A crowd in Hong Kong holds a candlelight memorial to honor the protestors who sufffered in Tiananmen Square in 1989.
Photograph by Mark Leong, National Geographic
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On June 4, 1989, troops from the People’s Liberation Army moved into Tiananmen Square, Beijing. The Chinese government sent the army to put to end large-scale demonstrations protesting corruption and the government’s political and economic policies.
In wide-ranging protests lasting seven weeks, millions of Chinese students, intellectuals, and workers met in the 44-hectare (109-acre) square in the heart of Beijing. Protesters marched through nearby streets, held hunger strikes, and spoke their minds over megaphones.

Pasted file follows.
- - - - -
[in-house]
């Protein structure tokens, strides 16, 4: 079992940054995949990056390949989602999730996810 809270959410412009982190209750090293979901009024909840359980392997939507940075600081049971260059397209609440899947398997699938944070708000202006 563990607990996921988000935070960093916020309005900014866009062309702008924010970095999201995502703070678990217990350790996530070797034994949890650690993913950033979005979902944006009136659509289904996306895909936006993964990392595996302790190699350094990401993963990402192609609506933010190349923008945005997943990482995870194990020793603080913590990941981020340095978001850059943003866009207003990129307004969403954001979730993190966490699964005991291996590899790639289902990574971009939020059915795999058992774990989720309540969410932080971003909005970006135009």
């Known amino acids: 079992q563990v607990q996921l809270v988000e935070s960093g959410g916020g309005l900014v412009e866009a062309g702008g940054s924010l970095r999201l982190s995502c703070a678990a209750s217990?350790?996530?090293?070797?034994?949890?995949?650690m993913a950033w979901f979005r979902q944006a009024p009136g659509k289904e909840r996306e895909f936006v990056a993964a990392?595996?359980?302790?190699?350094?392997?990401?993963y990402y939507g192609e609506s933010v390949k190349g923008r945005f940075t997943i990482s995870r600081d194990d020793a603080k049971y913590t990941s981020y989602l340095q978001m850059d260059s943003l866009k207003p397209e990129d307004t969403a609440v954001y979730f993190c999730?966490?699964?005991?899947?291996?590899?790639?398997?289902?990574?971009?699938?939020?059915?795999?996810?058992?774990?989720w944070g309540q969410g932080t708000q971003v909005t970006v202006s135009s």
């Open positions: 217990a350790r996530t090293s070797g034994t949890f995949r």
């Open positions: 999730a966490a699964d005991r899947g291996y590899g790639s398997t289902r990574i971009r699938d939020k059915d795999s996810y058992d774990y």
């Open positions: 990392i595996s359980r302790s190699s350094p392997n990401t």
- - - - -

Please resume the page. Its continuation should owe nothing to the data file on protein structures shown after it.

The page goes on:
What seemed like a promising start to political reform ended with military intervention. Foreign journalists were expelled, and the Chinese government has not made information about the event public. Due to this secrecy, the number of protesters killed, injured, or imprisoned is not known.
military land forces.
having to do with money.
system or order of a nation, state, or other political unit.
to confine or put in a jail-like facility.
person who reports and distributes news.
having to do with public policy, government, administration, or elected office.
demonstration against a policy or action.
change or improvement of a policy or process.